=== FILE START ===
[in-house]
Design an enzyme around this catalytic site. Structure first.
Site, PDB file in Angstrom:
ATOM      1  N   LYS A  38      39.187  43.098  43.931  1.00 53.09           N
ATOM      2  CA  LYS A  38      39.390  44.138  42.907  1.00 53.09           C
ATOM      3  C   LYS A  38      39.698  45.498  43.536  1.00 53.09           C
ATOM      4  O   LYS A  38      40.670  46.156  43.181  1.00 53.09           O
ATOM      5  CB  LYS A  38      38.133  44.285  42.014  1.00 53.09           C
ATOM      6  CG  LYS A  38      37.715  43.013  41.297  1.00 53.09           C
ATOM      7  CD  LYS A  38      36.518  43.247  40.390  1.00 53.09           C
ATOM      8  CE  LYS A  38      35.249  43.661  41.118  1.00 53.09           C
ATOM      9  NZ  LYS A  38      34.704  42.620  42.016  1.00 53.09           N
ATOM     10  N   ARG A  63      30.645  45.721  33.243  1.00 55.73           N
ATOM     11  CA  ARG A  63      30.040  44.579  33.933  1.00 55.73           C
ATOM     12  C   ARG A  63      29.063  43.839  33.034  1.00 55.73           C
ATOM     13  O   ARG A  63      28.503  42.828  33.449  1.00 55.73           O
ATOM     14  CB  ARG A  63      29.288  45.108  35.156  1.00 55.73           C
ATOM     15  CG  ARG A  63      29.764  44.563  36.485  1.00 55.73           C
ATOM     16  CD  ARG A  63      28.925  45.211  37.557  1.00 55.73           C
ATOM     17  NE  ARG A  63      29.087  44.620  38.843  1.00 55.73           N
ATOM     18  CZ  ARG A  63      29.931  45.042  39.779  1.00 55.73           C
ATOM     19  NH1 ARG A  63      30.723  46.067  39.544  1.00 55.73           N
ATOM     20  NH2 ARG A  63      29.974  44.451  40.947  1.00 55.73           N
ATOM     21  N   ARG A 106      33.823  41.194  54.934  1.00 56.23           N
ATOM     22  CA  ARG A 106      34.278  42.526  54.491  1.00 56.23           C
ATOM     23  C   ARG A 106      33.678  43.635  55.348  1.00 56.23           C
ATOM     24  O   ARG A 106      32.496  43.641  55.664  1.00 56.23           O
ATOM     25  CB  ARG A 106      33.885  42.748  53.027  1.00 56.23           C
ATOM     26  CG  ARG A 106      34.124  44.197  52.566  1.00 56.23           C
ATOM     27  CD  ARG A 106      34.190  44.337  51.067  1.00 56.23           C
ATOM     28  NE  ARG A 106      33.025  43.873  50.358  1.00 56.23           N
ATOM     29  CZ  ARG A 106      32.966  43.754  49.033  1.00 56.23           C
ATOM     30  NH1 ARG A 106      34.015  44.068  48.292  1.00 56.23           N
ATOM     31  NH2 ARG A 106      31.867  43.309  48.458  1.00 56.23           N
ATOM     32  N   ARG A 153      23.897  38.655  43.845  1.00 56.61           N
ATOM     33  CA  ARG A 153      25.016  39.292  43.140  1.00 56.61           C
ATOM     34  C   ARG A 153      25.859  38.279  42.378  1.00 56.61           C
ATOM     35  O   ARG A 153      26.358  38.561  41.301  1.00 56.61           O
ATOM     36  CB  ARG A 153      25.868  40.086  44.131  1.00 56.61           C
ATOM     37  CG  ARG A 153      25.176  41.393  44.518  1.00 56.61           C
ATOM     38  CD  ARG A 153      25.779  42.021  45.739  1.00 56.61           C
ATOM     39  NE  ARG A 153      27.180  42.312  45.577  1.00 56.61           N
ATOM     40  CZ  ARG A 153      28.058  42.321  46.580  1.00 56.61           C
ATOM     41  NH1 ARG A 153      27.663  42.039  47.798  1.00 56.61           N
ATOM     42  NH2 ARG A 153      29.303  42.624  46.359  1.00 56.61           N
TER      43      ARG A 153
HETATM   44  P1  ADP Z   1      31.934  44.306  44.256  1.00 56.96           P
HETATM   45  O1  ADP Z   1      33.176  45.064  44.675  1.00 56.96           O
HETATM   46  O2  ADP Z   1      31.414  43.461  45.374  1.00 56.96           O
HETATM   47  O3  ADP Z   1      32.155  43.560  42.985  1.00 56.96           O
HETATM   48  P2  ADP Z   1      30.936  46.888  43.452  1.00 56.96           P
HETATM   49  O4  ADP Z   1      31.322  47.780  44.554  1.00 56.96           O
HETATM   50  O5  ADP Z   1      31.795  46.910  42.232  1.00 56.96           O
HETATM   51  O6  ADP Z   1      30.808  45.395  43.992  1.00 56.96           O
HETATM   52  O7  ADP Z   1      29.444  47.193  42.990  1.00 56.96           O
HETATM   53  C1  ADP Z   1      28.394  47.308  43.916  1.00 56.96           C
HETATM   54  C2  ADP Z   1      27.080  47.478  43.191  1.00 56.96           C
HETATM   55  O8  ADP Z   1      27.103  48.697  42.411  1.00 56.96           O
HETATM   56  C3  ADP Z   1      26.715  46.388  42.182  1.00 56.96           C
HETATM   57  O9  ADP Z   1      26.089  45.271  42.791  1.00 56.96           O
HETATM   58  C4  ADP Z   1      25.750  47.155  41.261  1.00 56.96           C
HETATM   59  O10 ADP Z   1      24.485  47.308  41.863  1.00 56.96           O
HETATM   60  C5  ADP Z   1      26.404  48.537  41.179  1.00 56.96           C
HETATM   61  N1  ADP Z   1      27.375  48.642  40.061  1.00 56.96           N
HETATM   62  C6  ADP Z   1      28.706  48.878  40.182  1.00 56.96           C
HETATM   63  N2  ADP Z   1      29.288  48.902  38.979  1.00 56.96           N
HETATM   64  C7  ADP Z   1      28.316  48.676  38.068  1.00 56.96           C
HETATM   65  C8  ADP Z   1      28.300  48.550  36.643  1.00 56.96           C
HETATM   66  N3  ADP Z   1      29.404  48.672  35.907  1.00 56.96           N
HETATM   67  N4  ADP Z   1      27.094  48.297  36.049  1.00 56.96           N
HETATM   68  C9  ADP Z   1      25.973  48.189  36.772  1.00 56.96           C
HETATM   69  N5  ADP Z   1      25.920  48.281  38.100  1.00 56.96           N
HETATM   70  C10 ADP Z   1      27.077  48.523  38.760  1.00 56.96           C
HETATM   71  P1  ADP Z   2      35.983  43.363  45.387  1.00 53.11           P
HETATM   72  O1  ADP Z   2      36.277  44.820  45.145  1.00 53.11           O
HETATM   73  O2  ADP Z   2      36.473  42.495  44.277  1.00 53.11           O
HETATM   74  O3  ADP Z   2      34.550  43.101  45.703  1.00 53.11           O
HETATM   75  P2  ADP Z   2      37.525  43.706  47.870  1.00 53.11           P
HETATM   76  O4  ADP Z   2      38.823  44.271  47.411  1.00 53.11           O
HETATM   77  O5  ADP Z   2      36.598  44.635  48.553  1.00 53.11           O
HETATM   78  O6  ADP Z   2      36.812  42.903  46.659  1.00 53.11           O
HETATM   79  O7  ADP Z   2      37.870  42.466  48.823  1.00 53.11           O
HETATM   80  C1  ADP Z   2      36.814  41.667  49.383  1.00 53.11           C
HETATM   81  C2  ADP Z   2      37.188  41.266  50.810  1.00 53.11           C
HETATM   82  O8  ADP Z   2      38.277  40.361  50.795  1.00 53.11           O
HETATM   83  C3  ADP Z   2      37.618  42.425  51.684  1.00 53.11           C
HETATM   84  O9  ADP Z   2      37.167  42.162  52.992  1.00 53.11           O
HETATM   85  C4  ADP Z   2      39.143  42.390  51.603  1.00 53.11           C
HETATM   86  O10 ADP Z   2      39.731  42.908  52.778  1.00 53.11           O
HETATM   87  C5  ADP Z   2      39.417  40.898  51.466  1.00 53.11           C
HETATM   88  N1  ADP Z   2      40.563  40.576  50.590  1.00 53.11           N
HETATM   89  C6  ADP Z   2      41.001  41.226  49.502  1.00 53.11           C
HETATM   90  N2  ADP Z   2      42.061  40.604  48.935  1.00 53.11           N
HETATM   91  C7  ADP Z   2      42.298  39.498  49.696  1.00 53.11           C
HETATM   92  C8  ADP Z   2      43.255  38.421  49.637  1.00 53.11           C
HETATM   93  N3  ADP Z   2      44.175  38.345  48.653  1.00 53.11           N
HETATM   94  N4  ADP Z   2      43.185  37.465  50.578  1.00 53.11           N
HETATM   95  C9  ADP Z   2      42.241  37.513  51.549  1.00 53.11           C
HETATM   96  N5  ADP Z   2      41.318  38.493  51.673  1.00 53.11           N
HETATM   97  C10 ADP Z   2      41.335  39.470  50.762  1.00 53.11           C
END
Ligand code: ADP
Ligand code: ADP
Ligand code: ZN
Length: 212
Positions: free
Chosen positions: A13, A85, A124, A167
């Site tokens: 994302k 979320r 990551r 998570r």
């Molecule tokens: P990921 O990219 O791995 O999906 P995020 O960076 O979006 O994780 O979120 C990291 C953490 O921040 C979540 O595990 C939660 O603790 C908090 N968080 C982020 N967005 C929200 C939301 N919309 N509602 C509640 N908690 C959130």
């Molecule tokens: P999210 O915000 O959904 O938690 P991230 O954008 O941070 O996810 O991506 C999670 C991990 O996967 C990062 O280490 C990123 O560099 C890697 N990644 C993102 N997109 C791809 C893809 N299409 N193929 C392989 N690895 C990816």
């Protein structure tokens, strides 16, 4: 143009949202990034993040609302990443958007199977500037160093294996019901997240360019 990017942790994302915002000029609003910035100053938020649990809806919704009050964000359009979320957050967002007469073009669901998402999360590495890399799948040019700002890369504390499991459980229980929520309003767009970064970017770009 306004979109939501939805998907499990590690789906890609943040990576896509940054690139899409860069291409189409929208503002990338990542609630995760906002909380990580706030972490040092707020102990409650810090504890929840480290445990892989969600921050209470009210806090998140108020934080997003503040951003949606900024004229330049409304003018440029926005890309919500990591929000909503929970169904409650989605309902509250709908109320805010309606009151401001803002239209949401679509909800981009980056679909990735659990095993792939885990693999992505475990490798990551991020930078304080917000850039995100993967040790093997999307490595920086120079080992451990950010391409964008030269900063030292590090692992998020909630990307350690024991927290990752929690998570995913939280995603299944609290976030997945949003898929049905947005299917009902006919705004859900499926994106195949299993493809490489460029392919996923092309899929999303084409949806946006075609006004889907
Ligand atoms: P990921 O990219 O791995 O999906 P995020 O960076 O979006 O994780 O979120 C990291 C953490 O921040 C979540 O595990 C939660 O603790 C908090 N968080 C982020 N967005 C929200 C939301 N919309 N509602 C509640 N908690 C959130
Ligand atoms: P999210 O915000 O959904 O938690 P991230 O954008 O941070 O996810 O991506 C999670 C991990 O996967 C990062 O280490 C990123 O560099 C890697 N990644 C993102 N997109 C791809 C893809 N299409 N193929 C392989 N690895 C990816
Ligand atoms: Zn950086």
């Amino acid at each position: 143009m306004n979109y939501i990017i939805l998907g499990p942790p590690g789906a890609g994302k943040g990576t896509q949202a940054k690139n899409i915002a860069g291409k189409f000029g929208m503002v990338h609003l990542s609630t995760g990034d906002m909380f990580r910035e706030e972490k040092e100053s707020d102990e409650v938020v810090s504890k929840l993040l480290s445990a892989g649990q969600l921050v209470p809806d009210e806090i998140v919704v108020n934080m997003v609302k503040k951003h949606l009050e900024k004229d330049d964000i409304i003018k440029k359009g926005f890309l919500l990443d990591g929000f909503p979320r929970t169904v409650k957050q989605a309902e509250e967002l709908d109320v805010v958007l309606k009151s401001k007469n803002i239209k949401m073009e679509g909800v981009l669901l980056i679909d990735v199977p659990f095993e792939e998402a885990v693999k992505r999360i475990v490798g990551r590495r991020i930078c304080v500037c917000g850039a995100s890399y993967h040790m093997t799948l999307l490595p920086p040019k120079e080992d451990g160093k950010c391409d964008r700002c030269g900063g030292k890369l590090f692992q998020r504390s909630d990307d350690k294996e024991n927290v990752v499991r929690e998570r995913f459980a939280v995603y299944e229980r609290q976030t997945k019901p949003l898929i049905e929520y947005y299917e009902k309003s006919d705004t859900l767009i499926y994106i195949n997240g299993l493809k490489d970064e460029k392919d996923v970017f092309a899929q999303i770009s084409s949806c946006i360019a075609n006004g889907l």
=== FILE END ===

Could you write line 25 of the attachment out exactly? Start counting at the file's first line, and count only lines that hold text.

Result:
ATOM     22  CA  ARG A 106      34.278  42.526  54.491  1.00 56.23           C